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b2ap3_thumbnail_hate-crime_20210504-195208_1.jpgWhen someone breaks the law, they can be charged with a criminal offense and sentenced to various criminal penalties. However, not all crimes are treated equally under Connecticut or federal law. Some crimes are considered “hate crimes.” Understanding exactly what crimes are considered hate crimes is not always easy. The law is often difficult to interpret, and the issue is shrouded in controversy. However, one matter remains clear: If you are charged with a crime, speaking with a criminal defense attorney is the best way to ensure that you receive the legal advice and support you need.  

What is a Hate Crime?

Certain individuals are specifically protected by the law. When a crime targets a protected class of people, this crime may be considered a hate crime. In Connecticut, it is against the law to threaten, harm, or harass someone on the basis of his or her ethnicity, race, religion, gender, sexual orientation, or disability. An individual who is charged with a hate crime may face criminal penalties and monetary damages in a civil lawsuit.

Categories of Hate Crimes in Connecticut

Per Connecticut law, a person commits first-degree “intimidation based on bigotry or bias” if the person deliberately injures another individual because of that individual’s race, ethnicity, religion, gender, sexuality, or disability. This crime is punishable by up to ten years in prison and a maximum fine of $10,000. Second-degree intimidation involves destroying property, threatening, or making physical contact with someone in order to intimidate or harass him or her. This Class D felony is punishable by up to five years’ imprisonment and a maximum fine of $5,000. Third-degree intimidation involves damaging or destroying property or threatening or encouraging someone to damage property on the basis of the aforementioned attributes. This is a class A misdemeanor punishable by up to a year in jail and up to 2,000 in fines.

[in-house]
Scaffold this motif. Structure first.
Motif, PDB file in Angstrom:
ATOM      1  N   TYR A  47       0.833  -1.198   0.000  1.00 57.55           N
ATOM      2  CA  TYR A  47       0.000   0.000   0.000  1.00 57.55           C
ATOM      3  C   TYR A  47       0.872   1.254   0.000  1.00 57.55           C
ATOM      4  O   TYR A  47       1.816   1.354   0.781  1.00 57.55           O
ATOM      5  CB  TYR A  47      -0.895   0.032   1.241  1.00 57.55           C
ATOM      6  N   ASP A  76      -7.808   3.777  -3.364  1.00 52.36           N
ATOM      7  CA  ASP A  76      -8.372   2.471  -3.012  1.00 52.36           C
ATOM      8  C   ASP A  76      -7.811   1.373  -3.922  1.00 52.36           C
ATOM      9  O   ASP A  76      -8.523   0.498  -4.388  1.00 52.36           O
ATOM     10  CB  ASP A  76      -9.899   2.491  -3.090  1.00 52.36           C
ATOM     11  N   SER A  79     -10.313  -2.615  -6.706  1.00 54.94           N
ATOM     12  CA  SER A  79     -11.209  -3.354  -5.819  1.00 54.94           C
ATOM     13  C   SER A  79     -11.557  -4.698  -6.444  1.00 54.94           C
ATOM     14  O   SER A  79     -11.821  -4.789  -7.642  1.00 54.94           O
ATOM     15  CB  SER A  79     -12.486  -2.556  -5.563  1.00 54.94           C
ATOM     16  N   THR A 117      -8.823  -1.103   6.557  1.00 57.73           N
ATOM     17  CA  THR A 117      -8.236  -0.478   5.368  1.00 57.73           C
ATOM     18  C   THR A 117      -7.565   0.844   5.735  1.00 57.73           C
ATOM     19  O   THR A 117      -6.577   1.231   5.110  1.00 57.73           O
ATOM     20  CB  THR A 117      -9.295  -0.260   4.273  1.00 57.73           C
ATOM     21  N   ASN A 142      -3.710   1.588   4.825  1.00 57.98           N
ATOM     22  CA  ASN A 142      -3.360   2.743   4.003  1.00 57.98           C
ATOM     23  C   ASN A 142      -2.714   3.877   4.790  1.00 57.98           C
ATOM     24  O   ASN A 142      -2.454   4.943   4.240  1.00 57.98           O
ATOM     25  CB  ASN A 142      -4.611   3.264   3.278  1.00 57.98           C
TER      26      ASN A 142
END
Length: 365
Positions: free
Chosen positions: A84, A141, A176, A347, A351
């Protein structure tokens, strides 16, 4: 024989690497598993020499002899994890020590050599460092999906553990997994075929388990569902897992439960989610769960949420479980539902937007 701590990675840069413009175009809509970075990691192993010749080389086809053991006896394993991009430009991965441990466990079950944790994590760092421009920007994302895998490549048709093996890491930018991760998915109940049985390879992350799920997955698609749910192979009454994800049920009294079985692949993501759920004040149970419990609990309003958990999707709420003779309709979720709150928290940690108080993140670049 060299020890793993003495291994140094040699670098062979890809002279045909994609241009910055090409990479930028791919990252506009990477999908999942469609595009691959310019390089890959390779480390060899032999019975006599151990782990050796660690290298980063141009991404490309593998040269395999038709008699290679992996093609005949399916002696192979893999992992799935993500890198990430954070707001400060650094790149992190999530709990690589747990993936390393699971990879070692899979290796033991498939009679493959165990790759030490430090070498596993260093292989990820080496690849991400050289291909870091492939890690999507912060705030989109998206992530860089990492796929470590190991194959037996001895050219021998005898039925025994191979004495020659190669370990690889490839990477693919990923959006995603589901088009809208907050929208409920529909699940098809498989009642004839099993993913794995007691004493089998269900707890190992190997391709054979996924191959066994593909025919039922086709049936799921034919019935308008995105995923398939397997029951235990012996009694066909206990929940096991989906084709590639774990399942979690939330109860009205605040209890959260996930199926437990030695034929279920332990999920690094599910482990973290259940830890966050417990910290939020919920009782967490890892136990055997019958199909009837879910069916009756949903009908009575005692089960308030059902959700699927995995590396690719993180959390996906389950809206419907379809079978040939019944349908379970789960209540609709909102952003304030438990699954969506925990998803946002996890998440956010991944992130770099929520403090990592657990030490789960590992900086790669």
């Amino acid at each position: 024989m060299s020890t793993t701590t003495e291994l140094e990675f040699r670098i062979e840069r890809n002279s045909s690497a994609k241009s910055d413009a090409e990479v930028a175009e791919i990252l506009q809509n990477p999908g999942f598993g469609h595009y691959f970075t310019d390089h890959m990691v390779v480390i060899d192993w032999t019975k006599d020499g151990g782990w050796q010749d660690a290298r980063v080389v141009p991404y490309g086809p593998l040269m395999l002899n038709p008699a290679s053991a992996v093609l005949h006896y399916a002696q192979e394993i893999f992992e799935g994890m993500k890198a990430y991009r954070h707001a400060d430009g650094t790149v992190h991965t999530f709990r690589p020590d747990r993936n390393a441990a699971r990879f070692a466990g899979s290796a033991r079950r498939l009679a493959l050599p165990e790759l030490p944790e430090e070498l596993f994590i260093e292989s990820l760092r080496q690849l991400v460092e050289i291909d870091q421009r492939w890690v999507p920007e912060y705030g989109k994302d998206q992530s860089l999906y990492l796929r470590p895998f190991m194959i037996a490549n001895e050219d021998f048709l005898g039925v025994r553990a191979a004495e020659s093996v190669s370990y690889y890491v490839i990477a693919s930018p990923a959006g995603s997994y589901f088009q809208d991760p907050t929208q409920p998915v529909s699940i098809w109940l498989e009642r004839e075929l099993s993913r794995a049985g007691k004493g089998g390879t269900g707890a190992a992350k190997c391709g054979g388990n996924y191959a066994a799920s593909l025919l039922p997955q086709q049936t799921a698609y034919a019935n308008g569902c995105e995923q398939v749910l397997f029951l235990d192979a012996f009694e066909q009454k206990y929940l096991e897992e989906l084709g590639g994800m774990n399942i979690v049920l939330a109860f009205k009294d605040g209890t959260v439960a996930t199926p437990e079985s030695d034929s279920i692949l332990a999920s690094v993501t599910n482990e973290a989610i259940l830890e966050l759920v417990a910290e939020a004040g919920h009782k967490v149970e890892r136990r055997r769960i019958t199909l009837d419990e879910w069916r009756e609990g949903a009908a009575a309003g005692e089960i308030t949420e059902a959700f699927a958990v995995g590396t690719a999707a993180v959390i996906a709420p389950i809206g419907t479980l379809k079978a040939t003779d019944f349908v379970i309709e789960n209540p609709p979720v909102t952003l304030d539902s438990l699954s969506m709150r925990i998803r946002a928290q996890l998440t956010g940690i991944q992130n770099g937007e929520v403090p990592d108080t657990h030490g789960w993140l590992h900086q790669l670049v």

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CT defense lawyerWe live in a volatile age at this point in time, with beliefs that might once have been restricted to private circles finding a place in the open, right in the middle of our national discourse. While free speech should be protected, there must also be limits on what others can say and do without repercussions, and this rationale is what gives rise to hate crime laws. Connecticut’s is fairly specific and strict, aiming to protect marginalized people from crimes based solely on their innate characteristics. If you worry that you have committed a hate crime, you may face some serious penalties based on one bad decision.

“Actual Or Perceived” Characteristics Protected

Every state’s hate crime laws list characteristics protected from harassment or intimidation under its aegis. Connecticut’s primary hate crime law prohibits causing physical injury based on an intent to discriminate or harass based on “actual or perceived” race, religion, disability, sex, gender identity or expression, or sexual orientation. In other words, if you have been the aggressor in an attack on someone, and it was based on one of the listed characteristics, you may have committed a hate crime.

It is also worth noting that your victim does not necessarily have to be a member of any of the listed marginalized communities for you to have committed a hate crime - for example, if you attack or harm someone based on homophobia, it does not matter whether the victim is actually a part of the LGBTQ+ community or not. The prosecution will argue that your intent was still malicious and motivated by a protected characteristic, so they can still be charged.